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Based on Gjertz, I. and Lydersen, C. (1983). Pupping in ringed seals in Svalbard. Fauna, 36, 65-66 (in Norwegian)
Uploaded on Saturday 25 Feb 2012
Ringed seal pupping lair, with the pup in the lair and the female approaching the haul-out hole from the water
Robert Barnes, UNEP/GRID-Arendal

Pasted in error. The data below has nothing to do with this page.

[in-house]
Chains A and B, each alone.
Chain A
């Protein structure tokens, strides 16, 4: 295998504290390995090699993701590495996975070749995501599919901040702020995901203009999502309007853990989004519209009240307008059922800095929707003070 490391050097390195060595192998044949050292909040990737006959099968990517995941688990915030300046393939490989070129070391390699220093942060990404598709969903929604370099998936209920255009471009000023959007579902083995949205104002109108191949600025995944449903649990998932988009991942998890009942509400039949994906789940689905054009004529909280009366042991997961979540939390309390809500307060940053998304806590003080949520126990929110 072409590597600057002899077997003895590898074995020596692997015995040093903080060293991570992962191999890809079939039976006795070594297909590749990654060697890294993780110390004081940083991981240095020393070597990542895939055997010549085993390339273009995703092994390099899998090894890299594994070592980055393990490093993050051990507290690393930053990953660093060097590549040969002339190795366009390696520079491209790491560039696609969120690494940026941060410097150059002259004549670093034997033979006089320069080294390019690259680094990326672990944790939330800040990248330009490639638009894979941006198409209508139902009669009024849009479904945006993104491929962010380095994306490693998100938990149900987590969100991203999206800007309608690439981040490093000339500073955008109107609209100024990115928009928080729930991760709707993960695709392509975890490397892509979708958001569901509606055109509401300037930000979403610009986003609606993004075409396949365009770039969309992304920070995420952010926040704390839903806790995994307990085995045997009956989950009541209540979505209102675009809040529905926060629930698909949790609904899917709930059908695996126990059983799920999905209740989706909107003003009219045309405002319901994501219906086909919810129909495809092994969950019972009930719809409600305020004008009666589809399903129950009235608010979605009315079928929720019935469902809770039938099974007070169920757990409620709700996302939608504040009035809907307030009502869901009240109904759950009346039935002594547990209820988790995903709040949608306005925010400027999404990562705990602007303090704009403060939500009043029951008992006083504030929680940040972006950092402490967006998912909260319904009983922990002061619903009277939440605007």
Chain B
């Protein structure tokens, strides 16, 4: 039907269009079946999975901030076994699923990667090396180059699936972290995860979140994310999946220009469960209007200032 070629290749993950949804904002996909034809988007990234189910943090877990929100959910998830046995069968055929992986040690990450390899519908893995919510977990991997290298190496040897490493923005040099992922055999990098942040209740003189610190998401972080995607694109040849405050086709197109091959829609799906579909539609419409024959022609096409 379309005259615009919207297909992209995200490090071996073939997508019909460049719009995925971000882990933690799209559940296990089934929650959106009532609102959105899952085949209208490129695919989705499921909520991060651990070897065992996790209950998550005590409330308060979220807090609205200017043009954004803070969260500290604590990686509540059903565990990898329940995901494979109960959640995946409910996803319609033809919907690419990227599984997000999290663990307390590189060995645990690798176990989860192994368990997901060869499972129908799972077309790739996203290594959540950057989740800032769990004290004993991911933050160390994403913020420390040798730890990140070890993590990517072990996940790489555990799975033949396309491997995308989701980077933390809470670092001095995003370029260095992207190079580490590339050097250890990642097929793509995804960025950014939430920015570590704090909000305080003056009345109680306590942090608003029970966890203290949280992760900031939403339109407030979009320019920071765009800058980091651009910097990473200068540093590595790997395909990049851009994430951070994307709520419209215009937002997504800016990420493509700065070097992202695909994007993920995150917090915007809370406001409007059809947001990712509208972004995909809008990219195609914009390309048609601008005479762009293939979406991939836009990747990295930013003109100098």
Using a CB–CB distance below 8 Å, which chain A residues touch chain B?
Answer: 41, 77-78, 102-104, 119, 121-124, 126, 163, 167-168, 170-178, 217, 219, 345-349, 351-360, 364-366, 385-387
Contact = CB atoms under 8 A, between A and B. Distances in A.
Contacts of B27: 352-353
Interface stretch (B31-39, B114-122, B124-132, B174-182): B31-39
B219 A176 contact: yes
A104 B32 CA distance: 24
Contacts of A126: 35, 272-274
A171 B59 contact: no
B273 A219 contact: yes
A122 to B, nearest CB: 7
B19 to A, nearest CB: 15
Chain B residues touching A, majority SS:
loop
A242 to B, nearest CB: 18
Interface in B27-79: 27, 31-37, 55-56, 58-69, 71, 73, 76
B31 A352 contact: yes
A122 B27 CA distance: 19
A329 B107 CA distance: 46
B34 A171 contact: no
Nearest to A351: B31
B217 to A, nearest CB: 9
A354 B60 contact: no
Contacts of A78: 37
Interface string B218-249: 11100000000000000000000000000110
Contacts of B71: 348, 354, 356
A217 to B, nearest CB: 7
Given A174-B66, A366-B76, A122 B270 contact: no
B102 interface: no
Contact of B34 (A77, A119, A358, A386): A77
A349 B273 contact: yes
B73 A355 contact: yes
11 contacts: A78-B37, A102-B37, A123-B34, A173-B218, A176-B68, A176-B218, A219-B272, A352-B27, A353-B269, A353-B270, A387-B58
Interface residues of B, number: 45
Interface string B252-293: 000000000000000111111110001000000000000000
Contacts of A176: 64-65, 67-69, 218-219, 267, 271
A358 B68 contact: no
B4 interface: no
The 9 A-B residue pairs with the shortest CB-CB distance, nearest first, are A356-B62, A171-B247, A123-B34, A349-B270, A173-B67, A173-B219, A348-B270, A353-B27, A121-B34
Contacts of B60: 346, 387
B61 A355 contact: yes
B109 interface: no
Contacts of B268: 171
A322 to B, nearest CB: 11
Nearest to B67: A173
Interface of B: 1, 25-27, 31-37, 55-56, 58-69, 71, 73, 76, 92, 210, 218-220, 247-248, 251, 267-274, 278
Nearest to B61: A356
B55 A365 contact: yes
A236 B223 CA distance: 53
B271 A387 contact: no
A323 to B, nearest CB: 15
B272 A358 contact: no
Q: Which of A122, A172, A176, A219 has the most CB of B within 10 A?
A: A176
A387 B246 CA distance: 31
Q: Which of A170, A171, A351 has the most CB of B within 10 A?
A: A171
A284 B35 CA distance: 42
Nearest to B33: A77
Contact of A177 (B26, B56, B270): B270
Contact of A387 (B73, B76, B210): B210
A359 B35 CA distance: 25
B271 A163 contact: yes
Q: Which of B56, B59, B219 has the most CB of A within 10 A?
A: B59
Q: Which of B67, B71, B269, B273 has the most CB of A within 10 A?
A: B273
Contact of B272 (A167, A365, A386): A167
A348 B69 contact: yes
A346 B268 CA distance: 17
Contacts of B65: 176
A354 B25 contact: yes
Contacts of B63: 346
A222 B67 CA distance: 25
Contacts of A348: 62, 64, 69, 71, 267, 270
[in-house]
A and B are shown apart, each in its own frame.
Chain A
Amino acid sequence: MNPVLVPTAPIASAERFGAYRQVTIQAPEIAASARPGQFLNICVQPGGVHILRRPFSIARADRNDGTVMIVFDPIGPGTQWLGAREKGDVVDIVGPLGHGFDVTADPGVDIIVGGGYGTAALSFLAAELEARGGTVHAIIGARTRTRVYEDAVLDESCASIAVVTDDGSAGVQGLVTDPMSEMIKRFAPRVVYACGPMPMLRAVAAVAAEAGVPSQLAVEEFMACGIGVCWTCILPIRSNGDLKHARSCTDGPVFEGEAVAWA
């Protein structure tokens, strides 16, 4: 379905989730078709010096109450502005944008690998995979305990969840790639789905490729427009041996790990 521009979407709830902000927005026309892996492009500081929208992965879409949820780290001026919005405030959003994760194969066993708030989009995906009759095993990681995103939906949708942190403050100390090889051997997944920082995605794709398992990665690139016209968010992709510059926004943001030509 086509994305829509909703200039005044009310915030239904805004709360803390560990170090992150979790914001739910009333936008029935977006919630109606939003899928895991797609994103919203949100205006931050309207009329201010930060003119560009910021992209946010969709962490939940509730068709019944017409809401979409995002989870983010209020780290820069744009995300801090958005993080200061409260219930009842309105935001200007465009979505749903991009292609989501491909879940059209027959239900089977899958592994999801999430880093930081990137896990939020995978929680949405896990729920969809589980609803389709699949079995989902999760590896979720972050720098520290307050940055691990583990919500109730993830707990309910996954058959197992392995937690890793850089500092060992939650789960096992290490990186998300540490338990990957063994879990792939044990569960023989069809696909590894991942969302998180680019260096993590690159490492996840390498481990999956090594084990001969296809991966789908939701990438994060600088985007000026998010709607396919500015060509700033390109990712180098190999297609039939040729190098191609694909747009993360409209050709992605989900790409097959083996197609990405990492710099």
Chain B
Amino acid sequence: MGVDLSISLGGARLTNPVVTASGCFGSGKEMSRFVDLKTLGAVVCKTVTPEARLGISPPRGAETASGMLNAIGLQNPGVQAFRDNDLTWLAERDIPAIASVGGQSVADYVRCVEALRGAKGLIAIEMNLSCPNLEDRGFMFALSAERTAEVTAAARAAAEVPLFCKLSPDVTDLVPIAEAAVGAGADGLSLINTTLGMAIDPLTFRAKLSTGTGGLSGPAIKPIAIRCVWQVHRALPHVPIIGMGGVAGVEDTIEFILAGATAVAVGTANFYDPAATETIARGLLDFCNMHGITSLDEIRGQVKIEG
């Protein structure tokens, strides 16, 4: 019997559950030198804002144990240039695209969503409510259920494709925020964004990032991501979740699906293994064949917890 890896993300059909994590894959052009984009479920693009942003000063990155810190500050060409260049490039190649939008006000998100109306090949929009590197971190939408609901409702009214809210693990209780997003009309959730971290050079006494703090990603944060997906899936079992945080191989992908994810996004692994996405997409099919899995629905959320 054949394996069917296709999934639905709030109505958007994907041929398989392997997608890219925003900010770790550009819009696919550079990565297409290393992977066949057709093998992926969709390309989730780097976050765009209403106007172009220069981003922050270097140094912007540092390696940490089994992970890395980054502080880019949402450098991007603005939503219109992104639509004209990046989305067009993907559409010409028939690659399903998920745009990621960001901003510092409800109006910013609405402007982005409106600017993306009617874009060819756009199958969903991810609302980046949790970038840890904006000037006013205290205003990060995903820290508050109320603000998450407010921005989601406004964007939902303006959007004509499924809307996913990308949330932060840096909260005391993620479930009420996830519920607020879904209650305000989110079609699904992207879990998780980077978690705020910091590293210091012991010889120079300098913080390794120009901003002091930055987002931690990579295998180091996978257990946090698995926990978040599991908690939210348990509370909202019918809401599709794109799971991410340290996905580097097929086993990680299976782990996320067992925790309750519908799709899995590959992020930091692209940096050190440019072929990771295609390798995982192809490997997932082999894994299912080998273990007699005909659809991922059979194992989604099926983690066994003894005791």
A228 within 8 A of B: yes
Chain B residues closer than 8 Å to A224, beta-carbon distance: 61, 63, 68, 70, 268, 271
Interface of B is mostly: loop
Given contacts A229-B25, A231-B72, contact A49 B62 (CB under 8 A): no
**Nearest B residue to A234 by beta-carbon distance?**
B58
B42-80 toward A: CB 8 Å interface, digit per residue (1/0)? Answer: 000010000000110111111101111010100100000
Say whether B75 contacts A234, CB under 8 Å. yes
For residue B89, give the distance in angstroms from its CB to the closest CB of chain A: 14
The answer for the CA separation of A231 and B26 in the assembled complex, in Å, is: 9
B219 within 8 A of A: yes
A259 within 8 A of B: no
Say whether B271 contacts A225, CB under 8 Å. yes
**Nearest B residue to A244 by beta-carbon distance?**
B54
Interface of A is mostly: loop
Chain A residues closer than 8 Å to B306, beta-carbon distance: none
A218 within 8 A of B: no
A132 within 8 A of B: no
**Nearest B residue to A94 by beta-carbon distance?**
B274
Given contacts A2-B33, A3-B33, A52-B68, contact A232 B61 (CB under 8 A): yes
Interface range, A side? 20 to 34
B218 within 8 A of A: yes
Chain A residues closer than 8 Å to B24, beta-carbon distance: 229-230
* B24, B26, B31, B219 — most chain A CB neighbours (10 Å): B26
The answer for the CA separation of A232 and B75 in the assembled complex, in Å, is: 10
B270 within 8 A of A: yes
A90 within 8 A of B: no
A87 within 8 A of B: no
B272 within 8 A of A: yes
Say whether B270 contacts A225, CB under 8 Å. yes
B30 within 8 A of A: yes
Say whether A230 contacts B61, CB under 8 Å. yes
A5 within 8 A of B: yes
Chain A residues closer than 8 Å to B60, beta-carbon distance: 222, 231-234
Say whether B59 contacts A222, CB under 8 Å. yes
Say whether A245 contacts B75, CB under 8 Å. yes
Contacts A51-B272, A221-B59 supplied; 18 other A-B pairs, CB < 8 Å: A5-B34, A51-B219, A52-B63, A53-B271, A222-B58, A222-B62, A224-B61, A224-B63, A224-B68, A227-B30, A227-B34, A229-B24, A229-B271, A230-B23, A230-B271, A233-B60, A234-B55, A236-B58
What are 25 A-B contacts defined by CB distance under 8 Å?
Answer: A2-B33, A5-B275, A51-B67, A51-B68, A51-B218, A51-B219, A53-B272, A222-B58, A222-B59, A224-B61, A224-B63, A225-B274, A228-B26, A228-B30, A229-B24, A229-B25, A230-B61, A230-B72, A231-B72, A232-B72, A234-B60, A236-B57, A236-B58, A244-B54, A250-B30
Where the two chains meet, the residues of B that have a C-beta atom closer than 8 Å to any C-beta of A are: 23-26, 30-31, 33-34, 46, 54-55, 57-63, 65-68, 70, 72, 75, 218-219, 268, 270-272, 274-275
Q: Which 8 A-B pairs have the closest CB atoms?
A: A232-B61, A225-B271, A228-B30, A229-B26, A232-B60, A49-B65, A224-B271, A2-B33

Ringed seals are the 'classic' Arctic seal in many regards, being found as far north as the Pole because of their ability to keep breathing holes open in ice that can reach 2 metres in depth. This species is certainly one of the most vulnerable of the high-Arctic seals to the declines in the extent or quality of sea ice because so many aspects of their life-history and distribution are tied to ice. Ringed seals also require sufficient snow cover on top of the ice to construct lairs for resting, giving birth and caring for their young. The pups are born weighing only 4 kg and both ice and snow must be stable enough in the spring season to successfully complete the six week lactation period. Premature break-up of the land-fast ice can result in the pups being separated from their mothers, leading to high rates of pup mortality. Spring rains, or high temperatures in spring, can cause the roofs of lairs to collapse, leaving ringed seals subject to increased predation and risks from exposure. Years in which insufficient snowfall takes place prior to breeding results in a similar phenomenon. Ringed seals are the principle prey for the top predator in the Arctic food chain – the polar bear. Declining sea-ice quality extent and season have potentially dire consequences for both of these Arctic animals.